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    Greenwishing Woes

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    An offhand remark by a portfolio manager the other day gets me thinking. Am I perhaps being way too gullible and lenient when it comes to greenwishing? The universally despised practice of greenwashing is a different thing, of course. I’d never knowingly endorse intentional deception. Moreover, my colleagues and I consider it our duty to expose any gross omissions of available evidence we might stumble upon while devouring our daily ration of sustainable bragging. As to the more benevolent practice of aspirational greenness, though, I am worried my standards might be somewhat laxer.

    If you are unfamiliar with the distinction between the two phenomena, let me run you briefly through the definitions, to the extent that there are any. It was Duncan Austin who coined the term ’greenwish’ in a 2019 essay[1] that has since become a modern classic. According to him, instances of greenwash, in which companies exaggerate sustainability initiatives to divert attention from environmentally damaging core businesses they have no intention of changing, are relatively easy to expose. Greenwish, on the other hand, “may prove every bit as harmful as greenwash, and possibly harder to unpick, because it is more widespread and arises mainly from good intentions,” writes Austin. He defines this affliction as “the earnest hope that well-intended efforts to make the world more sustainable are much closer to achieving the necessary change than they really are.”

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    The essay, by the way, is well worth rereading in its entirety. It offers a sobering examination of the state of our industry, years before other famous insider critics, like Tariq Fancy or Stuart Kirk, would express similar thoughts. “There has been a troubling deterioration of many of the environmental and social metrics the sustainable business movement has explicitly sought to improve,” Austin sums it up rather gloomily.

    What I find most impressive, however, is his earnest desire to understand the origins of greenwishing before denouncing it. “The nature of competitive markets is that companies must talk up their goods and services; lackadaisical marketing rarely works,” writes Austin. “Hence, while it is not really their fault, commercial norms nonetheless trap sustainable business into portraying its initiatives and products as greater solutions than they often are.”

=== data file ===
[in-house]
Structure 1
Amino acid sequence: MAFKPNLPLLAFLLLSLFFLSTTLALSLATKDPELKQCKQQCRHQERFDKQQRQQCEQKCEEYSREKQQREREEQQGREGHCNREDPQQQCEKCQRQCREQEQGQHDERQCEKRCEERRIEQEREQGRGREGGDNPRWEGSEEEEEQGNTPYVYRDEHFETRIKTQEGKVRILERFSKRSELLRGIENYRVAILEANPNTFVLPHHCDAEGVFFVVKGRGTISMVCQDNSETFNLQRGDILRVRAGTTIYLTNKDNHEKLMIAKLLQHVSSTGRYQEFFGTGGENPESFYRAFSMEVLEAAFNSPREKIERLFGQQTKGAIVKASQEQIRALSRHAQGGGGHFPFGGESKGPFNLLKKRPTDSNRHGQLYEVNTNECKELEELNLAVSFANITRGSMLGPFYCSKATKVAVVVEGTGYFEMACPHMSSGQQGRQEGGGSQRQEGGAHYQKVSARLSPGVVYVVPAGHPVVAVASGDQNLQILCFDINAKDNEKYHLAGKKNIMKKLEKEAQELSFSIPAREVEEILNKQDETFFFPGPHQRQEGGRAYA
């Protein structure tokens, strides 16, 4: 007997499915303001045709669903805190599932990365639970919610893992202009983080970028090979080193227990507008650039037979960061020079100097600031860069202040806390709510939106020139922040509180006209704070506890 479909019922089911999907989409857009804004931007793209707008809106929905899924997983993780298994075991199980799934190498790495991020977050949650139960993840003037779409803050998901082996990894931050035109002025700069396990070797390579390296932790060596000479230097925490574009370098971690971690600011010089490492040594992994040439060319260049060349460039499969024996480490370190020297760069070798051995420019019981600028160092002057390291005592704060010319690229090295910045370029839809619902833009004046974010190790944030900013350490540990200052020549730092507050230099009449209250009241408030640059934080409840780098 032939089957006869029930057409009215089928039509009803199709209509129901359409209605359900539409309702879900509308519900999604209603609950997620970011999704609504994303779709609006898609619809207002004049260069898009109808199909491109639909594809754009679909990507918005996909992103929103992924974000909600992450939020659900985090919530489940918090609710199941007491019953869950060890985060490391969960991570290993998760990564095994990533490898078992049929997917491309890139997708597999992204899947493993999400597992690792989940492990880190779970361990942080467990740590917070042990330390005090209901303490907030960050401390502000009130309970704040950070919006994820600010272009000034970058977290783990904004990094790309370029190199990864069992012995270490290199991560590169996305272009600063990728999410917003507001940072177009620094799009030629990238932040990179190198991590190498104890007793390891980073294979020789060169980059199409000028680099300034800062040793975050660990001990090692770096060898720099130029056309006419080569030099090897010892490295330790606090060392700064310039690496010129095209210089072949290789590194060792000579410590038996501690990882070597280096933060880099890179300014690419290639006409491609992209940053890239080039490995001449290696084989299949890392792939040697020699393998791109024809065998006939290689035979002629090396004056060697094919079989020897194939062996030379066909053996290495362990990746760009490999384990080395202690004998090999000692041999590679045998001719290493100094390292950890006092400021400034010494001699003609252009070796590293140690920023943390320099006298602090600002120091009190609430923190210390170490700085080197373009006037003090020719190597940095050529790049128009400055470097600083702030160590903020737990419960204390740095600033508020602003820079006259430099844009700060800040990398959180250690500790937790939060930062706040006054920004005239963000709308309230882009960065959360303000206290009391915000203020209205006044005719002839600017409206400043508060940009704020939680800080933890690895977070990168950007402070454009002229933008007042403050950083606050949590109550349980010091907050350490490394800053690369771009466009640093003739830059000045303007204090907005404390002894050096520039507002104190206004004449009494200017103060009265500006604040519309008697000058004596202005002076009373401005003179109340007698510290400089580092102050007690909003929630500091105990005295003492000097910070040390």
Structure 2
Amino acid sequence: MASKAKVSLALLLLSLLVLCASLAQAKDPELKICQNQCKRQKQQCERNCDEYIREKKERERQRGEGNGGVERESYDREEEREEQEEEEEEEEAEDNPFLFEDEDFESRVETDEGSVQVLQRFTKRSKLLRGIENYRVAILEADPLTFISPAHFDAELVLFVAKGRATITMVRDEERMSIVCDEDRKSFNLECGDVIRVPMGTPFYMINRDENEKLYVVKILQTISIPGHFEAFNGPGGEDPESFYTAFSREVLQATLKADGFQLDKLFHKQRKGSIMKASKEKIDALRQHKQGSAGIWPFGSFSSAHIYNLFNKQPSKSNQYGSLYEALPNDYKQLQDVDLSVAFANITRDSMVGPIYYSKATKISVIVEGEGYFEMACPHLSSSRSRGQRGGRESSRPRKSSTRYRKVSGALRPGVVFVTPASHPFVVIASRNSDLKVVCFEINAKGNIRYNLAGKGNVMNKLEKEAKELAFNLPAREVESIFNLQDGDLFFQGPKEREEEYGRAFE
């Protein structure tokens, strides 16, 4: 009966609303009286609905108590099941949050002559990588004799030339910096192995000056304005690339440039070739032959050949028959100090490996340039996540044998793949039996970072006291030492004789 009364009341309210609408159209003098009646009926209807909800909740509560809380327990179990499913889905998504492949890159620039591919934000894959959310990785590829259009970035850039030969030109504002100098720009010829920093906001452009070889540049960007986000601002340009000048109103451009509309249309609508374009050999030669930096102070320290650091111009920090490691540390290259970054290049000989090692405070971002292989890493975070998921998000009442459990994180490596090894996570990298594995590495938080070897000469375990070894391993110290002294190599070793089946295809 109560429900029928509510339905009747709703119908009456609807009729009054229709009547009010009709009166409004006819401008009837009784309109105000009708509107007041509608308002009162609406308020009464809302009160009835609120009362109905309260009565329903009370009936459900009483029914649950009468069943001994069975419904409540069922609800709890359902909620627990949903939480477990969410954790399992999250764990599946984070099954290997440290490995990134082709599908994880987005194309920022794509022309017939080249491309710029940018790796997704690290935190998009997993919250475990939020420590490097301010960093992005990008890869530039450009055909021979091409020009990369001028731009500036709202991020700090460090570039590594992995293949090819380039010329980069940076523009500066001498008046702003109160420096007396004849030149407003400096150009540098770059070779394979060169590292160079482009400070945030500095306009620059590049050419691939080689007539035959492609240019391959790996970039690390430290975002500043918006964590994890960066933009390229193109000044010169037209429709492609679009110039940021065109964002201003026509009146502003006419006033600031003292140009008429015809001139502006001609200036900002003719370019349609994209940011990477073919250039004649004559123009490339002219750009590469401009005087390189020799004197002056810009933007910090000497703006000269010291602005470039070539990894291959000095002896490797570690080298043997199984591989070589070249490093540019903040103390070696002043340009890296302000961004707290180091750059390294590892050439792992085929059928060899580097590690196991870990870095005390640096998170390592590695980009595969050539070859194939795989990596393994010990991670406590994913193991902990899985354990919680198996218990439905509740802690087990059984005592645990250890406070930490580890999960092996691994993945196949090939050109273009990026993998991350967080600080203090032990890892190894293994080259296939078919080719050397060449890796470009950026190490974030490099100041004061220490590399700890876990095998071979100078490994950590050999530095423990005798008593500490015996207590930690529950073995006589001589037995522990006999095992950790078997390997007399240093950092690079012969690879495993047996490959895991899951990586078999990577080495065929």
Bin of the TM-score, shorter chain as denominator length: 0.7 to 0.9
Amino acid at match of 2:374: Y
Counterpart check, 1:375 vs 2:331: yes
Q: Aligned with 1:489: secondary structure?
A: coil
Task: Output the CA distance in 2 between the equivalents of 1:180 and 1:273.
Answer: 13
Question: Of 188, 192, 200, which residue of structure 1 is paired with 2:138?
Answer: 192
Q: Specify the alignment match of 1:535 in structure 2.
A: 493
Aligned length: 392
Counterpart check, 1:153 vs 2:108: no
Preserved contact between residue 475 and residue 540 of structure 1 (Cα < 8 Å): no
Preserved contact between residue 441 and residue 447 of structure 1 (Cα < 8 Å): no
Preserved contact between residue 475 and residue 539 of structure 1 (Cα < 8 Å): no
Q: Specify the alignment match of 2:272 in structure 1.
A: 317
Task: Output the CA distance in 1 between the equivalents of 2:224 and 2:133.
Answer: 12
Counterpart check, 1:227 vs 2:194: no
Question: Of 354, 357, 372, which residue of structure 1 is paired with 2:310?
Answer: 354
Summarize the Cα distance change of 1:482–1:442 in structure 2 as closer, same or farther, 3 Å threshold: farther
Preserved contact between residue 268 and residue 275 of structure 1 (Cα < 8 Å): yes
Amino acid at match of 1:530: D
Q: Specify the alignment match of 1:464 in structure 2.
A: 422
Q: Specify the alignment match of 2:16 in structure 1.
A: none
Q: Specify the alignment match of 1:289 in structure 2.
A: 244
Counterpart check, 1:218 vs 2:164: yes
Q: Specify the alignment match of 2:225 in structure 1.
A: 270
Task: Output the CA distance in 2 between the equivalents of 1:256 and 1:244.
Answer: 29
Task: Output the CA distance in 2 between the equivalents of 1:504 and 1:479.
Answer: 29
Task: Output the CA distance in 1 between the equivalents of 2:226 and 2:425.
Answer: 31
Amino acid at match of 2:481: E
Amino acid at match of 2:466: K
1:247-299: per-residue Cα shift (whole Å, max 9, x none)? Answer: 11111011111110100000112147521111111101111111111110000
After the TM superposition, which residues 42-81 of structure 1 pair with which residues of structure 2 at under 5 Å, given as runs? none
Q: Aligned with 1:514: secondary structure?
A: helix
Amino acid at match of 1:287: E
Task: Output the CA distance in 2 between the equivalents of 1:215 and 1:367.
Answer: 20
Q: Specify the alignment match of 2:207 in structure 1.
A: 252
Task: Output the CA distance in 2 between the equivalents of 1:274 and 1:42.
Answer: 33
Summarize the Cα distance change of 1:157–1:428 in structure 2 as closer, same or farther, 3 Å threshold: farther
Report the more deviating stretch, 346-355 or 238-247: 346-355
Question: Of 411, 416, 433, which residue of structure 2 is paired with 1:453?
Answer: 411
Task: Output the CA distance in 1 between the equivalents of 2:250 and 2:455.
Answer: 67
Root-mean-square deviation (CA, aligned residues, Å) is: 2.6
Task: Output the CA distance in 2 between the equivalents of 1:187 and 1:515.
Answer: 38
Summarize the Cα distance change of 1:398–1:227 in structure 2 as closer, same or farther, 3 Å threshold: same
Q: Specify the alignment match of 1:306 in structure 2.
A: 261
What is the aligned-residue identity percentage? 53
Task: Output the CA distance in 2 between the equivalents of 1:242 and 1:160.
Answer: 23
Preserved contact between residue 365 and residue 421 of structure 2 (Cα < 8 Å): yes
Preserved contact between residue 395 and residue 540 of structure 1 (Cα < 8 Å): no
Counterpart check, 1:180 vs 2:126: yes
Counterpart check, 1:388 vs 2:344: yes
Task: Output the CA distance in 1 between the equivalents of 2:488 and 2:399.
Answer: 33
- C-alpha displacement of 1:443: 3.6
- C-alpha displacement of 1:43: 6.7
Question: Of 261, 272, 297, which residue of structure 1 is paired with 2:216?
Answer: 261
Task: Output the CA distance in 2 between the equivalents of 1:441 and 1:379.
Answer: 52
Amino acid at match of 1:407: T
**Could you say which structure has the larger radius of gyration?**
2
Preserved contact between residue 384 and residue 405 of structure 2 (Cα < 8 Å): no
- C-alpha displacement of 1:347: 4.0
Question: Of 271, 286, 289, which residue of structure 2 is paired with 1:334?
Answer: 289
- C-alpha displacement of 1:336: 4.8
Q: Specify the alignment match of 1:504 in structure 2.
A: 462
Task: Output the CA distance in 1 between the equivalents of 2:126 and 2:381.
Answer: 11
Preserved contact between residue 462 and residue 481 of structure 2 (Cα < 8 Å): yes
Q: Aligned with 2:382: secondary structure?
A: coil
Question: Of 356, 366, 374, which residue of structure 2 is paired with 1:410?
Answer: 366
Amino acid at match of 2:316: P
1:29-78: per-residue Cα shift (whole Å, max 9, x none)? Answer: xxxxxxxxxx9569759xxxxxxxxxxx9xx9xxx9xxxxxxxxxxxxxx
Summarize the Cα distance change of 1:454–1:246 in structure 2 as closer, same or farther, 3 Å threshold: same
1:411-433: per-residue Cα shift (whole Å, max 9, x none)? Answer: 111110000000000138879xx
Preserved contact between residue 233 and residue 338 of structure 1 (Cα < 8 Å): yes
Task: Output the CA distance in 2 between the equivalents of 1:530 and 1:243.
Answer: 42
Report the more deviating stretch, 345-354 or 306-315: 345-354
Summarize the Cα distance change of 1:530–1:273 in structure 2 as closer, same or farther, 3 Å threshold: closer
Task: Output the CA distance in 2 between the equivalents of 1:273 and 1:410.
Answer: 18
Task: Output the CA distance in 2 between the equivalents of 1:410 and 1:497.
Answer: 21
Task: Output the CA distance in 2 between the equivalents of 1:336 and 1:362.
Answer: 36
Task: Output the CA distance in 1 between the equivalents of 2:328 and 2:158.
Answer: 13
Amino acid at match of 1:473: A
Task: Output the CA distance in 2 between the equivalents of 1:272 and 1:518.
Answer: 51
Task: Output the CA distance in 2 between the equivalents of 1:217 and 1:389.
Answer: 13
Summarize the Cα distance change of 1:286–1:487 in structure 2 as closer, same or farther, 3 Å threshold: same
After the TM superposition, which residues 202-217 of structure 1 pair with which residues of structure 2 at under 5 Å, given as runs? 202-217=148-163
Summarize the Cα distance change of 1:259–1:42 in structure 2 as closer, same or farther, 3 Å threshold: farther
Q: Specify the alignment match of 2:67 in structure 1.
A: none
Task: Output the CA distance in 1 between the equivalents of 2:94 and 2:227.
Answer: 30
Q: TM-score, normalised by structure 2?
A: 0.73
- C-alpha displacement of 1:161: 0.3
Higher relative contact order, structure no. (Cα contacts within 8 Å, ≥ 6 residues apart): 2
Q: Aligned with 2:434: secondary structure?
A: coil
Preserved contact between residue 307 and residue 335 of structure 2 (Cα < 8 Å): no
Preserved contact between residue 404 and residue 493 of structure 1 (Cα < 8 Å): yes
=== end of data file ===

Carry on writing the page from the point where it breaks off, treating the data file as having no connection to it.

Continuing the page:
And although such wishful thinking might seem like an innocent endeavour in isolation, it leads to mass deception, according to Austin. “Unfortunately, the many individual pitches for more-sustainable products aggregate into a loud, confident signal that business has got environmental protection covered,” he concludes. Which it hasn’t, of course.

    Could it be that the current surge in greenwishing is temporary, though, the result of growing pains? According to a recent PwC study, the phenomenon “is particularly prevalent where the rapid growth of new regulations outpaces market players’ ability to comply.” And we all know what an avalanche of sustainability regulations we have been blessed with in the past few years. Of course, hoping for greenwishing to fade away as companies slowly adjust to the new world order is possibly just another greenwish.

    And so, you can understand perhaps my inner struggle of late, trying to determine whether I am guilty of aiding and abetting the greenwish choir by guilelessly cheering all those self-proclaimed sustainability victories. Which would make me a meta-greenwisher, I guess. At least, I’ve been honest about it, declaring my sympathy for the (greenish) devil from the start. Should I reconsider, though? Perhaps it is time to stop endorsing the unintentional trespasses of financial institutions that claim to truly believe in ESG yet fail to achieve the intended impacts and results.

    [1] Greenwish: The Wishful Thinking Undermining the Ambition of Sustainable Business, by Duncan Austin, has quite a wistful subtitle too. Bad news for the environment: sustainable business isn’t succeeding. I’m frustrated, too. But we can make it succeed.

    Image courtesy of Valentin Petkov on Unsplash
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